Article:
So that’s the opportunity we saw. We noticed that it’s a large space with the potential to build a large organization, but we also saw that it also has a very strong mission. By building a platform, which is digital and which is objective because of all the data which we are capturing, we also help enable everyone to have equal access to opportunities, whether it’s geographical or demographic restrictions. That’s another value proposition of the platform, as the decisions are more objective and unbiased and give everyone an equal opportunity.
3) How has Talview evolved since its inception in 2017?
When we started, we knew that we could impact what we internally call the talent lifecycle. So right from the time someone applies to a graduate program and goes through the admission process to getting hired, getting promoted, internal transfers, getting certified, learning and development, or they end their life cycle with interviews and exams – that’s the core of what we facilitate on the Talview platform. But the early focus was on hiring as a use case where we started working with organizations in the high volume hiring space. We have a lot of success, especially in the technology space, especially in the IT-enabled services space.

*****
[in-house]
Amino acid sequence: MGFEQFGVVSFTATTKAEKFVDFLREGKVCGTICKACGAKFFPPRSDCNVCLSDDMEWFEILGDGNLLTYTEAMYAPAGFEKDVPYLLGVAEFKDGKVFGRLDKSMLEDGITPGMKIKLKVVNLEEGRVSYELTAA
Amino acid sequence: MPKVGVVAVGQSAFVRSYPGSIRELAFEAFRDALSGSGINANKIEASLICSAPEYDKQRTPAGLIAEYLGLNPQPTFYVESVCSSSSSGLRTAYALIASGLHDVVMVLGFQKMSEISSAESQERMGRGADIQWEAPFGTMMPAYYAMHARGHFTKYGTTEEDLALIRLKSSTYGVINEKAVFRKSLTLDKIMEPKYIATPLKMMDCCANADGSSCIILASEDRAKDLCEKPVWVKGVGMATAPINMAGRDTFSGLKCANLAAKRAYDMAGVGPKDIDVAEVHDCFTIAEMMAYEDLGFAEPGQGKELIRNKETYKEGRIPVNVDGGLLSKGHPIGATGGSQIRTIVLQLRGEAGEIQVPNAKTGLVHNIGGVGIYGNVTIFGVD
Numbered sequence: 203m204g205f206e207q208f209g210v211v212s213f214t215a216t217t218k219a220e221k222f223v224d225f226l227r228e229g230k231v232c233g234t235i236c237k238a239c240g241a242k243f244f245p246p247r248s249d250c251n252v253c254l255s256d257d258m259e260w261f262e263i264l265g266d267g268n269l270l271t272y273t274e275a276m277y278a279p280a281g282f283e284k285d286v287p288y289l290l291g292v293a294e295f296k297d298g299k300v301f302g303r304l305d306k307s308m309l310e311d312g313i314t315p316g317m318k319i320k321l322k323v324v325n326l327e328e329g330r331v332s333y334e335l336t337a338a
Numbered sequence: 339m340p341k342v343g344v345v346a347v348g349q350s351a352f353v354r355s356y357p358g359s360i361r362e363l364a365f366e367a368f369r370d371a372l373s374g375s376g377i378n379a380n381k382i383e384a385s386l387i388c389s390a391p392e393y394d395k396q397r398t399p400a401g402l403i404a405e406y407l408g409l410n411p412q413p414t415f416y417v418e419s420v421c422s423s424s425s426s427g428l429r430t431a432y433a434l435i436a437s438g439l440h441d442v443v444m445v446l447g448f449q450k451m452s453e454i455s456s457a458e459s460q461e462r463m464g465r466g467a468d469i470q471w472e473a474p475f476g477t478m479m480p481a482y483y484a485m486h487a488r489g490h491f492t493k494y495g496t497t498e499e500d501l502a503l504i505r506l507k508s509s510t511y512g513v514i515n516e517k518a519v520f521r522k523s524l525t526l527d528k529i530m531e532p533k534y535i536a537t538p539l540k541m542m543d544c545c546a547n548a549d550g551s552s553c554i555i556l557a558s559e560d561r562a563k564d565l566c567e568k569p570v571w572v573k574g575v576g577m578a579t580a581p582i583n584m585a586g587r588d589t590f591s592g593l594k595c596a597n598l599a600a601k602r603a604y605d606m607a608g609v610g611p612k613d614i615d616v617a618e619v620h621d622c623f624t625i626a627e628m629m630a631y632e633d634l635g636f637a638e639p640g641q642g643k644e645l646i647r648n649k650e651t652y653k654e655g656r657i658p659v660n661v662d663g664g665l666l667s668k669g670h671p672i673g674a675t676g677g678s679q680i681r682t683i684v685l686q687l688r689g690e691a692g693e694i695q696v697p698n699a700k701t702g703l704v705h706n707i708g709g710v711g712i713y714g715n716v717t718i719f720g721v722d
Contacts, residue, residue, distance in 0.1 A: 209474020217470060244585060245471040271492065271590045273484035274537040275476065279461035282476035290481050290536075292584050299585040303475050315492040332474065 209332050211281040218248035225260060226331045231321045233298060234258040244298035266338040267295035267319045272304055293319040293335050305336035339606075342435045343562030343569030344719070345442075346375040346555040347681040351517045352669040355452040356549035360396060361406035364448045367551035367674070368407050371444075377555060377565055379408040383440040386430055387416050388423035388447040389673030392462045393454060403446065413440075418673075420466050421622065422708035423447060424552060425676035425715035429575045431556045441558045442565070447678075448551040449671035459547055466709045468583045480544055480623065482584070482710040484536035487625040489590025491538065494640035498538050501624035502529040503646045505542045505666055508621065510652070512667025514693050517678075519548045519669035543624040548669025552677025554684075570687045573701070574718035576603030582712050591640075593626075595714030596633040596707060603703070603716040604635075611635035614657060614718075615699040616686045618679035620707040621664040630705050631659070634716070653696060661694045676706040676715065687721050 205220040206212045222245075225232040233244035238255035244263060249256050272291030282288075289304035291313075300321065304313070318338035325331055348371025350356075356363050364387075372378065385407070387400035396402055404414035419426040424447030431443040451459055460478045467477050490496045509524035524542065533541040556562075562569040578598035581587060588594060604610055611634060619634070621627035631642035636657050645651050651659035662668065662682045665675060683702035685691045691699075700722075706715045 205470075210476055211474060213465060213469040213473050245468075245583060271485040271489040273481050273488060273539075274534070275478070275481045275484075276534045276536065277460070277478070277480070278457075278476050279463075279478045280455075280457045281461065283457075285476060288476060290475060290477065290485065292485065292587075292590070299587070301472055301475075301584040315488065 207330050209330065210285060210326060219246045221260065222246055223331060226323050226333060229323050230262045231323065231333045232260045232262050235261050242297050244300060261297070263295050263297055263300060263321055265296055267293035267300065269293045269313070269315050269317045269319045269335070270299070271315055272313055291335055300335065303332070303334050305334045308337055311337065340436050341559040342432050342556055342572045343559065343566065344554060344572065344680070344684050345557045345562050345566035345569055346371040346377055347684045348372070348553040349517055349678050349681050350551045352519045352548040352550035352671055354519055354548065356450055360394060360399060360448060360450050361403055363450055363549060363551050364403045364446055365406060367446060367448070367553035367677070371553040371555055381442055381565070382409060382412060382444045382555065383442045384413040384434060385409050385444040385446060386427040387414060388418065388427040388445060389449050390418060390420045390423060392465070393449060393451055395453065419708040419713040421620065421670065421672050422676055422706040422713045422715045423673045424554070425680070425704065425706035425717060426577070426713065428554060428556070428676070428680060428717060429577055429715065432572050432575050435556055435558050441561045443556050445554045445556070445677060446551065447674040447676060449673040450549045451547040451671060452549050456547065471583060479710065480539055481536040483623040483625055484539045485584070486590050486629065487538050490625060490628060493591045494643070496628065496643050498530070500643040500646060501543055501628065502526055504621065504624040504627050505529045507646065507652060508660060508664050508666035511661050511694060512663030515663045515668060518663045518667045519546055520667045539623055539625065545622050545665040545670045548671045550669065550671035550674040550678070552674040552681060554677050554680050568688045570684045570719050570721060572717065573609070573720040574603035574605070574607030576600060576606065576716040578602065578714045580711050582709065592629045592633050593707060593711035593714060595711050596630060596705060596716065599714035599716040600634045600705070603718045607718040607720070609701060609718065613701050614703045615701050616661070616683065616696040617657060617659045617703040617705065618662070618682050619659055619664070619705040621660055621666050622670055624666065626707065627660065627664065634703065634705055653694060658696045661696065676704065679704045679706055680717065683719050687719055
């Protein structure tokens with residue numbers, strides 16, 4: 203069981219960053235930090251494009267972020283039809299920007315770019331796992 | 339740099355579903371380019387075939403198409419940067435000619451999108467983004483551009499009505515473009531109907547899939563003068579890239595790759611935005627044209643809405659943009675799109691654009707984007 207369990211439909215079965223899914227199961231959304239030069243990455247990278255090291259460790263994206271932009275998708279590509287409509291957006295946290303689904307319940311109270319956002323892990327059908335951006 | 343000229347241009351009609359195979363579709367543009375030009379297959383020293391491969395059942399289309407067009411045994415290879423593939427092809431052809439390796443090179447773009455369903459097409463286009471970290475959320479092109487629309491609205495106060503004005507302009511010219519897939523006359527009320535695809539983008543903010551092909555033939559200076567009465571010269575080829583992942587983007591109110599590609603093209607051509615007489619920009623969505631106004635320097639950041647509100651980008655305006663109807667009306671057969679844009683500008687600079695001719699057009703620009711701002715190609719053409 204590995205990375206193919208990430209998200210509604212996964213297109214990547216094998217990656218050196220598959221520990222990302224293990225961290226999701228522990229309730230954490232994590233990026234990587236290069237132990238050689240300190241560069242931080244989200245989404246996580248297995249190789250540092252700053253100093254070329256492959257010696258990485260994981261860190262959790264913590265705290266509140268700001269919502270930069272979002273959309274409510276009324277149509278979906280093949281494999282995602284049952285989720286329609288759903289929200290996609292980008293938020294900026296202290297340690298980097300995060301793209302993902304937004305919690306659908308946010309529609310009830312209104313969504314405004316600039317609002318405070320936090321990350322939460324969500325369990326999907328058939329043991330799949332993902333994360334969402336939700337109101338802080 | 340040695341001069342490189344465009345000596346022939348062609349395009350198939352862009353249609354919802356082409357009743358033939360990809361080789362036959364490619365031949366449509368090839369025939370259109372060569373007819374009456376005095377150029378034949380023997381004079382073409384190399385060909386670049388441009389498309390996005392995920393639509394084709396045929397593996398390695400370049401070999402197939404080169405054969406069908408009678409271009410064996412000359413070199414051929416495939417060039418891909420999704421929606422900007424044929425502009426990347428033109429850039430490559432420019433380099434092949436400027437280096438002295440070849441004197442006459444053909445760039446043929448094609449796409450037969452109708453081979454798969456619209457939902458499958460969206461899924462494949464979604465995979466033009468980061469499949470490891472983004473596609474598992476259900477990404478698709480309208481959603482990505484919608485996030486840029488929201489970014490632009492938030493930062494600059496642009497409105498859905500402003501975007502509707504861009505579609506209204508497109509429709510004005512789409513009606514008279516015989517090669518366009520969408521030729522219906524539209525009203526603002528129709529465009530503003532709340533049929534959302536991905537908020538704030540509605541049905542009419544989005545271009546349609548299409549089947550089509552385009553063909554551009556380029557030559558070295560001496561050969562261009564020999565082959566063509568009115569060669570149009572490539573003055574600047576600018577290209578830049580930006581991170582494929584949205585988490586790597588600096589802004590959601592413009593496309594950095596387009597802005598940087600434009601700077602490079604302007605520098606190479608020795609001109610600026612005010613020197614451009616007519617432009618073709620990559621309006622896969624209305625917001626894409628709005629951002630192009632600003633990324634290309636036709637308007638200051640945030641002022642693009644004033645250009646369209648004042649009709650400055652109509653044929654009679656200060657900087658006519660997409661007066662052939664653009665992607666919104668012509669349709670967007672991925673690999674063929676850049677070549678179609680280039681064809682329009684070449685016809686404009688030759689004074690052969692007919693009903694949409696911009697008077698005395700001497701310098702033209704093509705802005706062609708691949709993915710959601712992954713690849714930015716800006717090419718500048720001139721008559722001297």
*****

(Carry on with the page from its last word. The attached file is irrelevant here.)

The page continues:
We work with most of the large services providers from Accenture to Cognizant, and then PwC. We use our platform today to manage talent acquisition. That’s how we started. Then, over a period of time, we expanded to additional segments, especially in different hiring spaces with a lot of retail, hospitality, or field-hiring use cases on the platform. That’s how the platform expanded.